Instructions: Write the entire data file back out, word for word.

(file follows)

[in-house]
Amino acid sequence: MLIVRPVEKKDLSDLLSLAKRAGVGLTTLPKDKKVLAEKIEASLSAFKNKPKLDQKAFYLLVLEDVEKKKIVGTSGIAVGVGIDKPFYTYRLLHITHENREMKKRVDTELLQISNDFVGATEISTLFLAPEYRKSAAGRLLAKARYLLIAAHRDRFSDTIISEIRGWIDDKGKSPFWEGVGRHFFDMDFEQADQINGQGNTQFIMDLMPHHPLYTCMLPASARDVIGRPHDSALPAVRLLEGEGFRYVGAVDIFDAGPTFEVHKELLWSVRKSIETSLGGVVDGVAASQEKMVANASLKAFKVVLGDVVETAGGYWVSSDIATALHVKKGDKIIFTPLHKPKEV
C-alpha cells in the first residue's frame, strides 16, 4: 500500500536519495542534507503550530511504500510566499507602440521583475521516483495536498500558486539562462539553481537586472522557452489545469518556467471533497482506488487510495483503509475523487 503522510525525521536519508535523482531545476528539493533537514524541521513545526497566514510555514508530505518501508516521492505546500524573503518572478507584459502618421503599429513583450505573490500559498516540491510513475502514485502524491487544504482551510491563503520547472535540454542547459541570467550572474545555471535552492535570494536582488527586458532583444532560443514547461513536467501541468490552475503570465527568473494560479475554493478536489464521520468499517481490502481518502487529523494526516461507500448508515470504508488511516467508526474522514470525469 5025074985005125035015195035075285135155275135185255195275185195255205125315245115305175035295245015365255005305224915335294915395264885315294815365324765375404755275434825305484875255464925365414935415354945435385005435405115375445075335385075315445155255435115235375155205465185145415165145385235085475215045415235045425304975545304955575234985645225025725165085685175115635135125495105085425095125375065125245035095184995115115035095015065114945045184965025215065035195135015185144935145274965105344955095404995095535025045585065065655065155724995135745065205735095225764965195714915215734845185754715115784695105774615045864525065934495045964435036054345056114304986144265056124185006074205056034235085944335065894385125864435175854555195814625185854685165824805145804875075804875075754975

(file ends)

[in-house]
Amino acid sequence: MLIVRPVEKKDLSDLLSLAKRAGVGLTTLPKDKKVLAEKIEASLSAFKNKPKLDQKAFYLLVLEDVEKKKIVGTSGIAVGVGIDKPFYTYRLLHITHENREMKKRVDTELLQISNDFVGATEISTLFLAPEYRKSAAGRLLAKARYLLIAAHRDRFSDTIISEIRGWIDDKGKSPFWEGVGRHFFDMDFEQADQINGQGNTQFIMDLMPHHPLYTCMLPASARDVIGRPHDSALPAVRLLEGEGFRYVGAVDIFDAGPTFEVHKELLWSVRKSIETSLGGVVDGVAASQEKMVANASLKAFKVVLGDVVETAGGYWVSSDIATALHVKKGDKIIFTPLHKPKEV
C-alpha cells in the first residue's frame, strides 16, 4: 500500500536519495542534507503550530511504500510566499507602440521583475521516483495536498500558486539562462539553481537586472522557452489545469518556467471533497482506488487510495483503509475523487 503522510525525521536519508535523482531545476528539493533537514524541521513545526497566514510555514508530505518501508516521492505546500524573503518572478507584459502618421503599429513583450505573490500559498516540491510513475502514485502524491487544504482551510491563503520547472535540454542547459541570467550572474545555471535552492535570494536582488527586458532583444532560443514547461513536467501541468490552475503570465527568473494560479475554493478536489464521520468499517481490502481518502487529523494526516461507500448508515470504508488511516467508526474522514470525469 5025074985005125035015195035075285135155275135185255195275185195255205125315245115305175035295245015365255005305224915335294915395264885315294815365324765375404755275434825305484875255464925365414935415354945435385005435405115375445075335385075315445155255435115235375155205465185145415165145385235085475215045415235045425304975545304955575234985645225025725165085685175115635135125495105085425095125375065125245035095184995115115035095015065114945045184965025215065035195135015185144935145274965105344955095404995095535025045585065065655065155724995135745065205735095225764965195714915215734845185754715115784695105774615045864525065934495045964435036054345056114304986144265056124185006074205056034235085944335065894385125864435175854555195814625185854685165824805145804875075804875075754975